Sponsored by DayMark
Labeling is an essential element of any noncommercial foodservice operation, from the back-of-the-house to the grab-and-go prepared foods merchandised at checkout.
It has taken on increasing importance amid evolving regulatory requirements and consumer interest in ingredient transparency. Labeling foods in kitchen and storage areas is required for compliance with food safety laws, and posting calorie counts and other nutritional information is mandatory for prepared foods merchandised for consumption, including grab-and-go items. In addition, consumers increasingly expect foods to be labeled with ingredient information which helps them to conform to specific dietary regimens, such as vegan or gluten-free.
Having the right labeling technology can help operators manage these aspects of their operations, especially if the technology is connected with menu management systems and other tools.
“Staying current with ever-changing technology has become essential for today's foodservice operations,” says Kevin Jackson with DayMark Safety Systems, a provider of automated labeling solutions for foodservice. “Menu management, nutritional analysis, HACCP compliance and temperature monitoring have all been streamlined by technological advances that are giving operators more comprehensive overviews — and better control — of their establishments, saving time and money in the process.
“Operators need to stay on the cutting edge of labeling technologies as they continue to evolve with the most current, comprehensive systems on the market. Since launching our first line of dissolving labels in 1997, we continue to work hard to provide our customers with efficient and economical labeling solutions that keep their foodservice staff in compliance with the most up-to-date food codes.”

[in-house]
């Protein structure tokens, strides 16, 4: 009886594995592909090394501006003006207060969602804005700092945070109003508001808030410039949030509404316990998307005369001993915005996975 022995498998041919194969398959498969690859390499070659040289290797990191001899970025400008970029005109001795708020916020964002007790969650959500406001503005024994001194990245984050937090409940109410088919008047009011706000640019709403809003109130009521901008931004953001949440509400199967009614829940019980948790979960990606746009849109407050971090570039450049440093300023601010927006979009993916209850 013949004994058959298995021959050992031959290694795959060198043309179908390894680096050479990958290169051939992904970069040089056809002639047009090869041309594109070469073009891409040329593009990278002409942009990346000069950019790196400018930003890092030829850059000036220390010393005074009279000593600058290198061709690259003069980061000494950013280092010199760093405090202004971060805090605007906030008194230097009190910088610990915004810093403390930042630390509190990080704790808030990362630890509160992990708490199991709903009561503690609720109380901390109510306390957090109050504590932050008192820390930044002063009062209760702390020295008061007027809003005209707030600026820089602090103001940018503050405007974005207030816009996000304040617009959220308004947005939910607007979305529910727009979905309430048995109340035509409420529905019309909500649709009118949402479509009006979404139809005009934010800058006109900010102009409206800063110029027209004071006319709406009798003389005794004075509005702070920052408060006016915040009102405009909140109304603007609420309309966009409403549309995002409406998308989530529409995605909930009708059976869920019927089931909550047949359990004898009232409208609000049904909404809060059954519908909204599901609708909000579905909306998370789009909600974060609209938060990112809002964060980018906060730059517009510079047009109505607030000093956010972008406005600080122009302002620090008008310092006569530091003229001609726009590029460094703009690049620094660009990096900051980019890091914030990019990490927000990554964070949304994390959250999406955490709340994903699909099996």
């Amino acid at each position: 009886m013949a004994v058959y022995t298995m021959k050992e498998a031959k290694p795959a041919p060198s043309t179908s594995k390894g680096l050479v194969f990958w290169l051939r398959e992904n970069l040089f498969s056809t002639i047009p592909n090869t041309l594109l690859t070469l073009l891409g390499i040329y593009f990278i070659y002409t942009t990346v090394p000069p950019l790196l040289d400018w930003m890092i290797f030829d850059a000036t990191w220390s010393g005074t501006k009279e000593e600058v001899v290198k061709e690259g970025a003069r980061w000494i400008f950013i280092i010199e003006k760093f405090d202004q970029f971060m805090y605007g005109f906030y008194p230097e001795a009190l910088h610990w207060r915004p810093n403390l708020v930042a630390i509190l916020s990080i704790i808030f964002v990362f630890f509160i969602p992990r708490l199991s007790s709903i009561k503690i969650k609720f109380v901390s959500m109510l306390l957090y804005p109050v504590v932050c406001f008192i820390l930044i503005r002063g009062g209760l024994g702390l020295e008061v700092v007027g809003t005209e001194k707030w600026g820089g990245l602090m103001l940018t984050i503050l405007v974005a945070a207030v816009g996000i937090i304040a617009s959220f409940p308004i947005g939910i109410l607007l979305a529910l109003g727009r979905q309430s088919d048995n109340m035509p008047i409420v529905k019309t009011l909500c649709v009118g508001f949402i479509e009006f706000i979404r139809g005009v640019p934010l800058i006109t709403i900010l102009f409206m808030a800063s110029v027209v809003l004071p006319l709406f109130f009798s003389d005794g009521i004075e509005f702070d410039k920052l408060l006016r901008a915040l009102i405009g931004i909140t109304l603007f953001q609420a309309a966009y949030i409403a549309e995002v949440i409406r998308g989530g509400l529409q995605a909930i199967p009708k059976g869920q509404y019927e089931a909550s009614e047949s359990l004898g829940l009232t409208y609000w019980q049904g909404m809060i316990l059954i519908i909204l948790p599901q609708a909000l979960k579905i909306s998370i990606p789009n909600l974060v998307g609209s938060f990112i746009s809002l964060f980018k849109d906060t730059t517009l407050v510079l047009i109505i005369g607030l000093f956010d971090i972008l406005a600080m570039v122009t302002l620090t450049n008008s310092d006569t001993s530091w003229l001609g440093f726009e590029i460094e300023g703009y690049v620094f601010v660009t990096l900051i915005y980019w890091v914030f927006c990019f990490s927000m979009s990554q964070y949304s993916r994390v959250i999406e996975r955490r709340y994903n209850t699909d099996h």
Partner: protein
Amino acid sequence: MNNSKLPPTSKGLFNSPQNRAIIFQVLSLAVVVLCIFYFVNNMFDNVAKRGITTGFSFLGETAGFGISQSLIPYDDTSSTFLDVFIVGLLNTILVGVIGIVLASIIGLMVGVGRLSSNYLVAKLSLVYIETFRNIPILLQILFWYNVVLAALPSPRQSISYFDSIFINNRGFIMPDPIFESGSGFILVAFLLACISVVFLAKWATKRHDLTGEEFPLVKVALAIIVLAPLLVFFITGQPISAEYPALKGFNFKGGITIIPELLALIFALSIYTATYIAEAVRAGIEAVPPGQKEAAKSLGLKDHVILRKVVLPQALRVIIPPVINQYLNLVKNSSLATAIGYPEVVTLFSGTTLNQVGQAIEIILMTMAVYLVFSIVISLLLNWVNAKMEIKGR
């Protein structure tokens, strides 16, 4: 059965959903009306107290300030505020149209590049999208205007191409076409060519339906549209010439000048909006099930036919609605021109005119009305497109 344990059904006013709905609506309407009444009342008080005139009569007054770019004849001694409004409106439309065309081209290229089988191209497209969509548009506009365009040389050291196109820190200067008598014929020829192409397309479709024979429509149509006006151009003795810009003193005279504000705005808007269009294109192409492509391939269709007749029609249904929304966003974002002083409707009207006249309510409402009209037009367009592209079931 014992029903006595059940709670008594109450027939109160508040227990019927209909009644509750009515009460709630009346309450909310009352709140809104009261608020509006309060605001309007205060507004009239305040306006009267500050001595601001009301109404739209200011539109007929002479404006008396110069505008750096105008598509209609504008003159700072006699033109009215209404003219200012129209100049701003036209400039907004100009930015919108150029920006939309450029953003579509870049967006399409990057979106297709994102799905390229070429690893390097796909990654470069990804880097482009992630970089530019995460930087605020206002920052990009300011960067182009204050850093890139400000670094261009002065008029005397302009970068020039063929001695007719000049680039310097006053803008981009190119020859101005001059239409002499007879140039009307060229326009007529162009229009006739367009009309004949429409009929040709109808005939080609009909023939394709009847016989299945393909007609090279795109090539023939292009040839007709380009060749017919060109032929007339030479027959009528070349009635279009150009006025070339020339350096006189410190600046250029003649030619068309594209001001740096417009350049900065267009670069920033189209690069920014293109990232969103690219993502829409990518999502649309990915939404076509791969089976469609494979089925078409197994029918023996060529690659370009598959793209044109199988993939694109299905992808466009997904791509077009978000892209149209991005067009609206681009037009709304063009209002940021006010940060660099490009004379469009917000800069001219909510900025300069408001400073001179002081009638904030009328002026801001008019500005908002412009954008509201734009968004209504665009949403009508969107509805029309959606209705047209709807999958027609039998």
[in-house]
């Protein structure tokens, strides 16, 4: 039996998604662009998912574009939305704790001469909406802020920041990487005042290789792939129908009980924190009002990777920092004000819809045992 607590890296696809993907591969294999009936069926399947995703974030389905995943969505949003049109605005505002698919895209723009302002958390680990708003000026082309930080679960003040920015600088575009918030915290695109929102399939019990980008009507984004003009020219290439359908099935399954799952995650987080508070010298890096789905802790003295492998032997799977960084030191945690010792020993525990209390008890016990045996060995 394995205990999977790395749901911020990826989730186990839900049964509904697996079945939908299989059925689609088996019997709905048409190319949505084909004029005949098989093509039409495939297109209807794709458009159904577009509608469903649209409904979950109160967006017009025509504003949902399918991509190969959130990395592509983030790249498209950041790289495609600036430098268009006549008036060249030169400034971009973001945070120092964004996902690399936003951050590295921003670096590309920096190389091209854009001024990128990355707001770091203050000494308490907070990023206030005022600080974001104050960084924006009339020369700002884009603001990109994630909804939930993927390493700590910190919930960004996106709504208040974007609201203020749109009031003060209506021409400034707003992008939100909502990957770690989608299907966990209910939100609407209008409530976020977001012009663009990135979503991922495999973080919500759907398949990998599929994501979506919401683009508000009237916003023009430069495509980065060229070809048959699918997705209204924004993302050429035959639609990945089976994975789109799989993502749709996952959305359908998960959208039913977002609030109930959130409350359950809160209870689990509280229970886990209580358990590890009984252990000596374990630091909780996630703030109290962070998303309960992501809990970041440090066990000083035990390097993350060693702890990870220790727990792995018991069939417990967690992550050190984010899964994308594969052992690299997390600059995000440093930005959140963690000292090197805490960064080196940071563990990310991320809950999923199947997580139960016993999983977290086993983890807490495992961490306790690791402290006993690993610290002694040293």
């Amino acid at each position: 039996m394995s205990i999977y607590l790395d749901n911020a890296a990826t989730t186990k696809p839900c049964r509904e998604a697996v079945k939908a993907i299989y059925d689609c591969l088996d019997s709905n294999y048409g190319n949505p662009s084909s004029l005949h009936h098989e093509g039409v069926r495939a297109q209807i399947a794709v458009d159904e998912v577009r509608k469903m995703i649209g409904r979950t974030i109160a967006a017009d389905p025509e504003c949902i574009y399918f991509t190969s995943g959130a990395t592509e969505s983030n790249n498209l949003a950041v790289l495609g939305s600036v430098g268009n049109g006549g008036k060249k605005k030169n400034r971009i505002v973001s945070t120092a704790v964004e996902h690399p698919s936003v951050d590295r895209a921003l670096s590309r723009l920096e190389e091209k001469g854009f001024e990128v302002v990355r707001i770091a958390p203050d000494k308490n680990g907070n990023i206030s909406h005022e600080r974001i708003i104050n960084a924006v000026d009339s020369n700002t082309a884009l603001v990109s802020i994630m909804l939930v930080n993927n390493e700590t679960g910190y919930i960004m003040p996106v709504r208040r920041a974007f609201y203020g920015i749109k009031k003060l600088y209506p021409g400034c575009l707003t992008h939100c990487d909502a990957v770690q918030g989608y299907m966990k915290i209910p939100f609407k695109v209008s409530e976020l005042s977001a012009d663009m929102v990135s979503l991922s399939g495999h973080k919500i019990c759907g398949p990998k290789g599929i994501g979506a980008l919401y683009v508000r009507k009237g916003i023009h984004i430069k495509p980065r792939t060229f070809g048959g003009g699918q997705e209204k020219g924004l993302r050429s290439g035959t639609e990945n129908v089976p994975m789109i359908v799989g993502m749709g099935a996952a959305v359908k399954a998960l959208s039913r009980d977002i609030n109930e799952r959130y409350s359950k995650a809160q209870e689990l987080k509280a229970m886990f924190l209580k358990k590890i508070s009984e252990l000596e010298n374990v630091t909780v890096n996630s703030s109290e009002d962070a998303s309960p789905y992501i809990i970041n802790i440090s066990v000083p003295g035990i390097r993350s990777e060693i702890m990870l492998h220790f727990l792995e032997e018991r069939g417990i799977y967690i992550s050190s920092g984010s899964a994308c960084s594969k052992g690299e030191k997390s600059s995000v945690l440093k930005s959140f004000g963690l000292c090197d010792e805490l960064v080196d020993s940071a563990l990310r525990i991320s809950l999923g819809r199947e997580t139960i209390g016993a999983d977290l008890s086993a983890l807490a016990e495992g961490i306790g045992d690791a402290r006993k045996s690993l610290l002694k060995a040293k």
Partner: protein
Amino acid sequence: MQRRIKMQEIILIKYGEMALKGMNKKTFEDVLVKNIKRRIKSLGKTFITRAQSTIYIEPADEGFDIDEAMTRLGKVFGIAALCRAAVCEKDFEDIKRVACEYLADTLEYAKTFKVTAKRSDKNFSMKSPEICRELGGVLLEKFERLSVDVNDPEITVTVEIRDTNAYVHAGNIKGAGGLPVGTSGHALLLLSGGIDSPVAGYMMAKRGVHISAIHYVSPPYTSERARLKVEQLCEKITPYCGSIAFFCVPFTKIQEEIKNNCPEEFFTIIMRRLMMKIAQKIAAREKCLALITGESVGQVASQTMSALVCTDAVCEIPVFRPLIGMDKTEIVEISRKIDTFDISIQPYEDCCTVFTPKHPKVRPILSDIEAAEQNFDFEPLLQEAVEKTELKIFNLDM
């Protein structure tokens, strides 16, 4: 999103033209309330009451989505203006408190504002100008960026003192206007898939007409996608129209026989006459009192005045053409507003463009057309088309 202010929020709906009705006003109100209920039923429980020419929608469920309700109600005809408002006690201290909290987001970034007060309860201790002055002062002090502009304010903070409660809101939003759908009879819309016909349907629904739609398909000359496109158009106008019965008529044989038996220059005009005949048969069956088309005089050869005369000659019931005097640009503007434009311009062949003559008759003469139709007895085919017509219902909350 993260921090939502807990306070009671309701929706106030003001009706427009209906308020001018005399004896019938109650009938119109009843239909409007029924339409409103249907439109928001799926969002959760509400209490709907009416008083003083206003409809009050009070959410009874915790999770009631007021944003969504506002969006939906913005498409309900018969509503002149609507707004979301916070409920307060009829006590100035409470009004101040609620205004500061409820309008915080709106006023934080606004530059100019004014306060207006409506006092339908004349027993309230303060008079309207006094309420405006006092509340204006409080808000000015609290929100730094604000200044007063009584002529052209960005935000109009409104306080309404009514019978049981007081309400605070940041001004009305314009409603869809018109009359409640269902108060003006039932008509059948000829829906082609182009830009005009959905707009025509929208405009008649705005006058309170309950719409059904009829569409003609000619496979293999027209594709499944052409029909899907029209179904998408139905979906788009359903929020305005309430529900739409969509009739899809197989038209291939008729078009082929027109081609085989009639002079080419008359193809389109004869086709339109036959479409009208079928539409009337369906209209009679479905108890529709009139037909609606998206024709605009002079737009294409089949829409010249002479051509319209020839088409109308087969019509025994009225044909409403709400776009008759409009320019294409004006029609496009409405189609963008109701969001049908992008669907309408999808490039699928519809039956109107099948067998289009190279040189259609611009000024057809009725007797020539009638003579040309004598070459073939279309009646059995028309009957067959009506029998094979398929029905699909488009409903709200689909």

Here are some of the ways automated labeling can be deployed in noncommercial foodservice operations to enhance operational efficiencies.
1. Dating and rotation
One of the first things foodservice workers are usually taught when they start their careers is the importance of properly rotating inventory by checking labels to ensure that the ingredients which were prepared first are used first.
“Our kitchen teams are always diligent with the labeling of their prepared items, so everything is as fresh as possible,” says Paul Pettas, communications director for noncommercial foodservice operator Centerplate. “This also cuts down on instances of food waste, which we always aim to avoid.”
Automated labeling provides a consistent, reliable method for dating prepared foods which are stored in the back of the house, such as soups, salads and sauces, as well as meats and vegetables which have been prepped for the line cooks.
In addition to indicating the specific item being stored and when it was prepared, the labels can also include the name of the person who prepared the item, which enhances accountability.
Kelly Tessitore, a partner at Food Label Pro, which provides nutritional analysis for foodservice operations, suggests that labels on prepared foods also list all ingredients and allergens. In addition, she prefers that labels are marked with expiration dates rather than when they were made.
“Regarding shelf life, the ‘use by’ date is more straightforward than the other options, in my opinion,” she says.
Other back-of-the-house uses for labels include marking equipment which has been cleaned, such as storage coolers or ice machines, for example.
2. Allergens and other ingredients